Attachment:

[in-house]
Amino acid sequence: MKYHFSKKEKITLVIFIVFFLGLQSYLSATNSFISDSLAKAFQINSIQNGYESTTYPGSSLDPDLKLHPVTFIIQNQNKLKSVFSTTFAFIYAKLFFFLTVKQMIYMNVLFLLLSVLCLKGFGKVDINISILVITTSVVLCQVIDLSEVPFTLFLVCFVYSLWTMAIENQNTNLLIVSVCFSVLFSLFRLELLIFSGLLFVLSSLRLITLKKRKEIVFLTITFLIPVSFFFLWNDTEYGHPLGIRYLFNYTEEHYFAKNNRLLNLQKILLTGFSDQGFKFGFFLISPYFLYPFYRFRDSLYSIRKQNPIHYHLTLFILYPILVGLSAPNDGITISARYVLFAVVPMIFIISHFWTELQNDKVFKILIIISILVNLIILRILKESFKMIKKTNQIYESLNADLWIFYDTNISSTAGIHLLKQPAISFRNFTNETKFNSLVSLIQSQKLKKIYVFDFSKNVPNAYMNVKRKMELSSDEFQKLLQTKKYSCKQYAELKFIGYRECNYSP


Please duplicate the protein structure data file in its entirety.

[in-house]
Amino acid sequence: MKYHFSKKEKITLVIFIVFFLGLQSYLSATNSFISDSLAKAFQINSIQNGYESTTYPGSSLDPDLKLHPVTFIIQNQNKLKSVFSTTFAFIYAKLFFFLTVKQMIYMNVLFLLLSVLCLKGFGKVDINISILVITTSVVLCQVIDLSEVPFTLFLVCFVYSLWTMAIENQNTNLLIVSVCFSVLFSLFRLELLIFSGLLFVLSSLRLITLKKRKEIVFLTITFLIPVSFFFLWNDTEYGHPLGIRYLFNYTEEHYFAKNNRLLNLQKILLTGFSDQGFKFGFFLISPYFLYPFYRFRDSLYSIRKQNPIHYHLTLFILYPILVGLSAPNDGITISARYVLFAVVPMIFIISHFWTELQNDKVFKILIIISILVNLIILRILKESFKMIKKTNQIYESLNADLWIFYDTNISSTAGIHLLKQPAISFRNFTNETKFNSLVSLIQSQKLKKIYVFDFSKNVPNAYMNVKRKMELSSDEFQKLLQTKKYSCKQYAELKFIGYRECNYSP